This pen drawing represents a new avenue for me. The client requested a house portrait on plain white paper. Imagine that! She didn't want the historical envelope; she wanted my artwork for its own merits, without the novelty of the antique memorabilia. I was flattered, and just a little nervous, as I'd never actually done a pen drawing on plain paper. I knew from my reading that the project required a very smooth, heavyweight paper, and I had a pad of bristol plate and also bristol smooth. But I also knew that the surface should have a little bit of tooth, to hold onto the colored pencil pigment. I went with the bristol smooth, and it was perfect.
I was invited to see the house in person, and was able to take several pictures for reference. I knew exactly what to look for too, from past experience! I carefully examined the detail around the front entry, the profile of the house and whether any parts stuck out or were recessed, also the type of shingles on the roof, the depth of the soffits, and the different pitches of the roof sections.
Since I didn't have to work within the limitations of the 6 inch envelope, I could be more expressive with the foliage, and could plan the composition more creatively. The two big trees were covering most of the house, so I shrank them down and moved them out to the sides just a bit. But I also have learned from past commissions, that every home has certain features that are especially dear to the individual homeowner, and must be rendered accurately, else the drawing will not portray their home. I noticed how the two tall trees behind the house were crossed in a very distinct X shape, so I was careful to draw them just the same way.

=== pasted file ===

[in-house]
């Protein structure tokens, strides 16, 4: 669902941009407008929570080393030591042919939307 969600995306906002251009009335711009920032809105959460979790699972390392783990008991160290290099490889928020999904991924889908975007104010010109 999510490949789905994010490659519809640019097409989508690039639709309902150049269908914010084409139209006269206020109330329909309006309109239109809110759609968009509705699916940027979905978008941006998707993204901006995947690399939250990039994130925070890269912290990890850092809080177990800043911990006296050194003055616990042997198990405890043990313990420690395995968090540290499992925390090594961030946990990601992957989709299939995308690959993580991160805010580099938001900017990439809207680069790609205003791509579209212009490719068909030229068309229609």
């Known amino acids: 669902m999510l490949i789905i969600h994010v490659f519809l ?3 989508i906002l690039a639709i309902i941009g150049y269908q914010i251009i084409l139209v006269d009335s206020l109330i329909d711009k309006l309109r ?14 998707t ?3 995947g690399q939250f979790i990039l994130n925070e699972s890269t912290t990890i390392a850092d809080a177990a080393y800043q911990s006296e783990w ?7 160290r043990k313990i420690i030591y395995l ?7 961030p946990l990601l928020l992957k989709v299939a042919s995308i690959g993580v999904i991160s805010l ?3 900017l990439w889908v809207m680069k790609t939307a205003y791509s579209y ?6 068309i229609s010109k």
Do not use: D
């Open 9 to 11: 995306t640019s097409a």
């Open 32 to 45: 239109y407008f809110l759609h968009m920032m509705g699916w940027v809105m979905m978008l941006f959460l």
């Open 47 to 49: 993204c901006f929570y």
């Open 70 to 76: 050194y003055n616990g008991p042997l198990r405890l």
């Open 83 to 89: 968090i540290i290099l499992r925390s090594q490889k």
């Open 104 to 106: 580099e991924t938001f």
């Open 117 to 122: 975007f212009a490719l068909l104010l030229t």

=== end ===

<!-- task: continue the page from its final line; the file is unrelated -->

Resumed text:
A funny thing about drawing the foliage... I drew the free-flowing shapes of the leaves and boughs a little bit differently on different days. No matter how hard I tried to be consistent! I don't think anybody else can tell, but I call see which trees were drawn on Wednesday morning, and which were drawn on Friday night.
It was easier to draw in this larger scale, and it looks nice from across the room. With the mats, it will fit into a standard 16 x 20 frame. I'm heading out to deliver it this morning, and to talk about doing another house and an office building. But I'm going to work on the Poe drawing this afternoon. I'm not letting that piece get cold!
It's very satisfying for me, to know that my efforts will be appreciated and valued in somebody's home. I know that we artists like to win awards and be recognized among our peers, and I like that too... but I think this kind of internal reward, of knowing that you've truly affected somebody's life in even the smallest way... that's a far greater reward!